As a regulator, DFS is widely considered the most powerful state banking regulator in the country because of the number of banks with a presence in New York — including foreign banks — that fall under DFS’s watch. Although the agency has civil — not criminal — authority, it has levied more than $9 billion in civil fines since 2011.
Lacewell replaces Maria Vullo, who left the agency two months ago, and is widely credited with getting the state’s cybersecurity regulation in place more than two years ago and heading its phased implementation over the past two years.
So what does this change at the top mean for DFS’s cybersecurity enforcement? Lacewell’s comments on Friday, the themes she discussed, and her own background might provide some clues for financial institutions that fall under the agency’s watchful eye.
- Cybersecurity will likely be a priority. In her remarks, Lacewell called cybersecurity “the number one threat facing all industries and governments globally.” In asking the question, “how do we deal with cyber?” Lacewell noted DFS’s leading role in cybersecurity regulation and hinted that cyber will continue to be a top priority for DFS saying, “we’ve got to do the hard work,” and suggested that DFS–regulated companies should place cyber issues at the top of their risk agendas.
- Compliance will take center stage. In no uncertain terms, Lacewell made clear that the compliance function for financial institutions should be placed front and center. In Lacewell’s words, “[c]ompliance is not some kind of back-office backwater; compliance needs to be at the center of everything your institutions do.” Lacewell explained her view that regulated entities need to think hard about their compliance efforts and — with respect to cyber and beyond — ensure robust execution and meaningful risk mitigation plans to deliver on what Lacewell sees as “what we owe to all consumers.”
- Consumers will come first. One of the main themes of her speech was the focus on protecting the consumer. She said that “the consumer is at the center of everything we do” and “we can’t leave the consumer out of the equation.” Lacewell’s remarks revealed a fully formed approach to regulation and enforcement — shaped by her experience as a federal prosecutor and in the New York Attorney General’s Office — focused on the well-being of the state’s consumers. Lacewell told the room that consumer-focused industry practices are “not inconsistent with being a profitable enterprise.” How this view will play out at DFS remains to be seen, but Lacewell’s consumer — focused ethos and explicit link between corporate compliance and consumers may be telling as to how DFS will evaluate compliance and enforcement issues arising from DFS’s cyber regulation, especially as it affects consumers.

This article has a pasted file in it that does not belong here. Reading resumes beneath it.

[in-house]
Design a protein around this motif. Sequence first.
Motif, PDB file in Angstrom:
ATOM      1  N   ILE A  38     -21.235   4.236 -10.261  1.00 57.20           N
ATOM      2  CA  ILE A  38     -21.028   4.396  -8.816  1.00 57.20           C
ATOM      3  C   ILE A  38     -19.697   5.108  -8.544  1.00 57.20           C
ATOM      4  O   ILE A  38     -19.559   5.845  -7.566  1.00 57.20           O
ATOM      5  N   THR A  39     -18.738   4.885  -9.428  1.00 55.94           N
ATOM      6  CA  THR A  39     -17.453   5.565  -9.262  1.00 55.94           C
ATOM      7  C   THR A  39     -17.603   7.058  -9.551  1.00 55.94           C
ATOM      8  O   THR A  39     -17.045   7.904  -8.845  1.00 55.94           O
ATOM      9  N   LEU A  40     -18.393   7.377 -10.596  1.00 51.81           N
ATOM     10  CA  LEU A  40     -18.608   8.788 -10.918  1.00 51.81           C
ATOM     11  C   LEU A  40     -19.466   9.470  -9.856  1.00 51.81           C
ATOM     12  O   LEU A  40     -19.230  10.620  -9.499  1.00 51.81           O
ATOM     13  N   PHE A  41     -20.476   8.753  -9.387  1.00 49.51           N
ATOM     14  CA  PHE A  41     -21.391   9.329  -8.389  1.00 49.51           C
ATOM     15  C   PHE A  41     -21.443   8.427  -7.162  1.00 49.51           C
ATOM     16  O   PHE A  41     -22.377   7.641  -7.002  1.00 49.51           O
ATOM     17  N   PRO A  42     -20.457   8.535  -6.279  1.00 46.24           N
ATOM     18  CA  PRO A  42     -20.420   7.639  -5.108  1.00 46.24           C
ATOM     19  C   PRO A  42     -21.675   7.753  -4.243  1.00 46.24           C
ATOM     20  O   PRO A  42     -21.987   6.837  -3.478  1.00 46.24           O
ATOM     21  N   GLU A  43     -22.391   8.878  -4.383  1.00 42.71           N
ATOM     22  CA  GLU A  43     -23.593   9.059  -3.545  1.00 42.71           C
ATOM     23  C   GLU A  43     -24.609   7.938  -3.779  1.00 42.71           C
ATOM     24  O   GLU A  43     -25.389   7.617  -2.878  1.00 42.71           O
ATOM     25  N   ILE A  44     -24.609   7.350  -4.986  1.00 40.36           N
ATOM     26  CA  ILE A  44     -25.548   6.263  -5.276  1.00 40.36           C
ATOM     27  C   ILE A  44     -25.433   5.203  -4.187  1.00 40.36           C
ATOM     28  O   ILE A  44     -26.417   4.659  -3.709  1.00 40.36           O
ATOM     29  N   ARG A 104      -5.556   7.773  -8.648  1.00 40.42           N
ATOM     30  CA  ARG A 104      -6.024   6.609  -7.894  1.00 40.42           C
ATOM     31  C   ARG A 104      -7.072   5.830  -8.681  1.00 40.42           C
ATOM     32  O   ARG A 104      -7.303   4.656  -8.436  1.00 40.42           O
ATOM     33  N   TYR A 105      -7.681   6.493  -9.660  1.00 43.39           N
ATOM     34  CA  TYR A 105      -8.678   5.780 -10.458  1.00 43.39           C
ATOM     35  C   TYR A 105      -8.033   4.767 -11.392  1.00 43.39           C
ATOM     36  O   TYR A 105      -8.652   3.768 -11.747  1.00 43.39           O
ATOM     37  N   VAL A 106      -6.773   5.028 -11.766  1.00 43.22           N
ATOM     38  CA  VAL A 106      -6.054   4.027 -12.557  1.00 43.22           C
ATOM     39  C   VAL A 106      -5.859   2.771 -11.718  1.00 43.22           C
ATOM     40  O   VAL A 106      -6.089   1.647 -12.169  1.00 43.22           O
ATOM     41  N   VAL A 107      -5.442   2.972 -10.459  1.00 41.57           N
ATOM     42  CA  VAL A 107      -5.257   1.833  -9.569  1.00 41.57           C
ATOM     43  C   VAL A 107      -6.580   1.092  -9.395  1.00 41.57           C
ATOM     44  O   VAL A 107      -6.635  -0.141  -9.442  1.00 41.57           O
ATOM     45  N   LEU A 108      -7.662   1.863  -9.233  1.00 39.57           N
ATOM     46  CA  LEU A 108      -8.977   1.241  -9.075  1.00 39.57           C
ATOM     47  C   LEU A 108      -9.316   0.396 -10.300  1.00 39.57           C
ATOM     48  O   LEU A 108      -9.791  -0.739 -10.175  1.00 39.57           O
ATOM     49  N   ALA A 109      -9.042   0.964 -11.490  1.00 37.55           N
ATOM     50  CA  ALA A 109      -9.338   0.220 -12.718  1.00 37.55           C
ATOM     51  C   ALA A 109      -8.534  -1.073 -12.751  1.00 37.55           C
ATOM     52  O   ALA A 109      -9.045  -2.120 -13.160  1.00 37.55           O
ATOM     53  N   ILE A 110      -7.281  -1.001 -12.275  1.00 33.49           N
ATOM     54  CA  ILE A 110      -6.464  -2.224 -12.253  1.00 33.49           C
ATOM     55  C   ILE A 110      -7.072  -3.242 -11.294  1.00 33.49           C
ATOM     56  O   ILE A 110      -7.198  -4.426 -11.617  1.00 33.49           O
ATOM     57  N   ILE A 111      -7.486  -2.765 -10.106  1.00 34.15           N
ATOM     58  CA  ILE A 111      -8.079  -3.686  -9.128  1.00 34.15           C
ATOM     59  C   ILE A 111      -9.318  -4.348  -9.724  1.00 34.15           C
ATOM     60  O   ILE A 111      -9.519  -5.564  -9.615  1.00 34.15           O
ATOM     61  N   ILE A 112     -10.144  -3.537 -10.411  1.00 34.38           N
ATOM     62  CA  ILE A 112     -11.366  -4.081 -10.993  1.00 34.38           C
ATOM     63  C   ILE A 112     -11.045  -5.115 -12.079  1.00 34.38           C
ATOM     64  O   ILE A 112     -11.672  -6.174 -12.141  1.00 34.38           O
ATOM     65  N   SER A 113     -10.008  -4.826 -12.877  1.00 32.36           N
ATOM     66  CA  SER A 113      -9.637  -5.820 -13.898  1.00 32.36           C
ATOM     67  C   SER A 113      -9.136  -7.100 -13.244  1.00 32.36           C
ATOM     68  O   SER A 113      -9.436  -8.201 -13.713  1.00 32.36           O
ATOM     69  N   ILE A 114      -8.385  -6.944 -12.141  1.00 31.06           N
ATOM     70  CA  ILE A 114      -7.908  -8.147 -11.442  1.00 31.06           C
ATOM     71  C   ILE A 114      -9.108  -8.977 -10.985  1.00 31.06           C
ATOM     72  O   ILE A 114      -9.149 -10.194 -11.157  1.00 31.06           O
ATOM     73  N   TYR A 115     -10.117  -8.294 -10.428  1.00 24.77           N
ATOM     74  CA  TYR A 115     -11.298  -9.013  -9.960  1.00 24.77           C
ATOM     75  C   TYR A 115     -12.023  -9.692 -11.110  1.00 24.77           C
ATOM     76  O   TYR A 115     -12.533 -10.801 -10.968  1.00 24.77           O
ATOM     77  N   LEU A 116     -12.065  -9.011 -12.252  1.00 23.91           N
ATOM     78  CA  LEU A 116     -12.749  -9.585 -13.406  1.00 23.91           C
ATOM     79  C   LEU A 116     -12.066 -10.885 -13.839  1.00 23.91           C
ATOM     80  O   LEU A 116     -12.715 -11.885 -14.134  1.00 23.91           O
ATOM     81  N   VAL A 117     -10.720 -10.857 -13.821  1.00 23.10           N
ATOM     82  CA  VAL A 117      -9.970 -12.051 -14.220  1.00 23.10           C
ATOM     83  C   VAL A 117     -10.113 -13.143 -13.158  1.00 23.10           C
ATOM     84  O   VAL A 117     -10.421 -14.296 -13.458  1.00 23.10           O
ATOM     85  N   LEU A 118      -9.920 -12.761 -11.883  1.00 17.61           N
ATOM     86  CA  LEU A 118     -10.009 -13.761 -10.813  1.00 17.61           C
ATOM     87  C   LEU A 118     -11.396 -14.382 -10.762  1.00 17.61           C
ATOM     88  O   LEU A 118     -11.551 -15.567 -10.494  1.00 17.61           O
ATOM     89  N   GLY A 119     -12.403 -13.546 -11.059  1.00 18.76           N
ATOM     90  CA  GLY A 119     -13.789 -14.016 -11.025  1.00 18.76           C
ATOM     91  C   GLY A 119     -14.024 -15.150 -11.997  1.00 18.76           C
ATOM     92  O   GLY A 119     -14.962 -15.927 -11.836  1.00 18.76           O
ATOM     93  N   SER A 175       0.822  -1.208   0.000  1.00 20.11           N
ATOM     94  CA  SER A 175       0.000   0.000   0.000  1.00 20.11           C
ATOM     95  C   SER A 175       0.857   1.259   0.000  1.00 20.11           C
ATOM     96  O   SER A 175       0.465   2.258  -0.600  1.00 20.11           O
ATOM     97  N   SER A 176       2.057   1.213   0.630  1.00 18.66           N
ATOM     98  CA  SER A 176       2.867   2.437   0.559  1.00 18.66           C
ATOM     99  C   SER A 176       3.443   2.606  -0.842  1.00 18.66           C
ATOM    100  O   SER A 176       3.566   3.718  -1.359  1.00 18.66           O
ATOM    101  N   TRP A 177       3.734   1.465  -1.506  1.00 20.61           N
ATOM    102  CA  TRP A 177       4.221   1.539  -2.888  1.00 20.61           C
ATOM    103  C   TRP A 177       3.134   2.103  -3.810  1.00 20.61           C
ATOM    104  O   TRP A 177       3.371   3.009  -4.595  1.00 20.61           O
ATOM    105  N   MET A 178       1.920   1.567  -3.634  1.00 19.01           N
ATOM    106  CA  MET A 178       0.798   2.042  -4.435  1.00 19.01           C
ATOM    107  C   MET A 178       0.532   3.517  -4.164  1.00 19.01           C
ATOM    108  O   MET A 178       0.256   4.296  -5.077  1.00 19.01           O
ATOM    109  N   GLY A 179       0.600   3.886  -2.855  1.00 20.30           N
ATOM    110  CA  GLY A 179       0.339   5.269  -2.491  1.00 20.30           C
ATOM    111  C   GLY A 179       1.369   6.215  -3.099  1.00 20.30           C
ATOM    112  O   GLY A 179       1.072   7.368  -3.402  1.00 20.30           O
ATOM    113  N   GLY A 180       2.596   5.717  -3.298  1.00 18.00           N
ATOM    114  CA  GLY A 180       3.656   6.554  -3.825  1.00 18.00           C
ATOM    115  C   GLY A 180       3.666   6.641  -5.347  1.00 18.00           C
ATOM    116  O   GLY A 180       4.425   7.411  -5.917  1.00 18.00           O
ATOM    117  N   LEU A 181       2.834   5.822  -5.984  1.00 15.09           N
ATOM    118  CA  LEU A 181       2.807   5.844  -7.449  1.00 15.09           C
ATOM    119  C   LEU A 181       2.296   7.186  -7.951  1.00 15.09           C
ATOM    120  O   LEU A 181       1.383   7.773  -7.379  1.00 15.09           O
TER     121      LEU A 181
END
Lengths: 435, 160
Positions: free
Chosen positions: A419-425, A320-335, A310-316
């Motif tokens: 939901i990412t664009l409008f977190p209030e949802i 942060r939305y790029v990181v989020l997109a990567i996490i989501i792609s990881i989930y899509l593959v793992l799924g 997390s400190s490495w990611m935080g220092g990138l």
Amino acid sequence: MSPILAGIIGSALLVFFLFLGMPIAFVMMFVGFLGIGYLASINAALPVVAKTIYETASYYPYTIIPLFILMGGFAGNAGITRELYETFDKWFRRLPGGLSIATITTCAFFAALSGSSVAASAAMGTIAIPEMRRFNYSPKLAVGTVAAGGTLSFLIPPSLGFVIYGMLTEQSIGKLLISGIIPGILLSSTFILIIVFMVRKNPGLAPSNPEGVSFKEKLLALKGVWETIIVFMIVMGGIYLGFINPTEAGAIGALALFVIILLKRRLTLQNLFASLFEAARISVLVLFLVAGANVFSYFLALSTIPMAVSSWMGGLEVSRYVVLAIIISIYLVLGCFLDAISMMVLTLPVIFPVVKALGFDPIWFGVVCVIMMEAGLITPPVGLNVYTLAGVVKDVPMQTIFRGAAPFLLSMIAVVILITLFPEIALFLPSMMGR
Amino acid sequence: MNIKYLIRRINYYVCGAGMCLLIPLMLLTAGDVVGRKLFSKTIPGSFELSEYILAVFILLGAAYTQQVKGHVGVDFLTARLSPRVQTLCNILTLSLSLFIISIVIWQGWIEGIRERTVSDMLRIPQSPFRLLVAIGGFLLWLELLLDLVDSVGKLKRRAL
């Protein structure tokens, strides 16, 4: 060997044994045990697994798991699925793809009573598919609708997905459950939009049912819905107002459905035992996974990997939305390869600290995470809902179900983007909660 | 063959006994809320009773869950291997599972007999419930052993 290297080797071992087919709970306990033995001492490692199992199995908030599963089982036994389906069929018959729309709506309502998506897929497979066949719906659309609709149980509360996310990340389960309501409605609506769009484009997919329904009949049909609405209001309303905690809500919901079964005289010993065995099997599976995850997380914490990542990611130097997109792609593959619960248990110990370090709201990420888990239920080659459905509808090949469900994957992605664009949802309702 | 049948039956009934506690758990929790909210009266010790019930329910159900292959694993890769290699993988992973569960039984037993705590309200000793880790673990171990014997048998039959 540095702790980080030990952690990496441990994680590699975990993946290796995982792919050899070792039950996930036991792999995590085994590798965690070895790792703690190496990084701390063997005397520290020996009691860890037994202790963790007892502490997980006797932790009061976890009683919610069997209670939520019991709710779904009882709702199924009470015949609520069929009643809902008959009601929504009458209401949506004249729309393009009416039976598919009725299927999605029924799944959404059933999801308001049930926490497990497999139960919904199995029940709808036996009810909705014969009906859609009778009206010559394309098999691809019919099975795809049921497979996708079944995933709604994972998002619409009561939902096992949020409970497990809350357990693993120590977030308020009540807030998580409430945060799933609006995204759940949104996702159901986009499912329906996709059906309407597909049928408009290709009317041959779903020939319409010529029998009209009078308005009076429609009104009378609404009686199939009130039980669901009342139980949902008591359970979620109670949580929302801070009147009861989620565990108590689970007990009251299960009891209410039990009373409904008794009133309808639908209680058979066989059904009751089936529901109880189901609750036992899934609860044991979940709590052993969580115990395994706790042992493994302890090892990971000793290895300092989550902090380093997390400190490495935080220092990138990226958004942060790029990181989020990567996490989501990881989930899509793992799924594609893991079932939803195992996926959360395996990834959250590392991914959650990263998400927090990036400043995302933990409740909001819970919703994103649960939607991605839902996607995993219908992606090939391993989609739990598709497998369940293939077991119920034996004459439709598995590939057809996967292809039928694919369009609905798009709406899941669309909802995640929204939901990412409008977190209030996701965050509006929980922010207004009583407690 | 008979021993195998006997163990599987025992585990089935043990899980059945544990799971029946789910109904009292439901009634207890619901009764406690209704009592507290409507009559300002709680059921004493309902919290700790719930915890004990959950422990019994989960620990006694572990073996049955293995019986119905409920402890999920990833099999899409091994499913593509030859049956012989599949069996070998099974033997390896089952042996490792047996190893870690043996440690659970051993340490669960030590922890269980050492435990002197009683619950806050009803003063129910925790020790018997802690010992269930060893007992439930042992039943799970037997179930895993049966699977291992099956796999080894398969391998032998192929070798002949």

- Big data and complex technology will be an enforcement focus. “Big data — it’s a risk and opportunity,” she said. Although Lacewell’s comments about big data were made in the context of using big data to make underwriting decisions for insurance companies, the tenor of her comments suggested that her interest might not be limited to underwriting decisions. Will she look at big data in the context of cybersecurity and the way such information is stored and transmitted to ensure that it is properly safeguarded? “We have a lot of work to do in the tech industry and that’s going to be a big focus for us,” she said.
- The healthcare industry may garner DFS attention. Throughout her career, Lacewell said she has focused on the healthcare industry, from both an enforcement and legislative perspective. While in the New York governor’s office, she worked to reshape the healthcare industry in the state including the establishment of a nonprofit healthcare organization. She stressed her view that the health insurance industry in New York is still in need of extensive reforms to maximize protections and benefits for all New Yorkers. Lacewell’s priorities at DFS are, no doubt, still taking shape, but her professional history suggests a level of familiarity and interest in healthcare companies, which will likely include safeguarding protected healthcare information.
It is always challenging to predict an agency’s regulatory priorities and expectations, especially in a new administration. But with Lacewell’s prosecutorial background, her strong commitment to consumer protection, and her admonition that cybersecurity is the “number one” threat facing industry today, it seems like a good bet that her administration will focus on issues at the intersection of cyber and consumer protection. As to the agency’s other priorities, we will need to wait and see.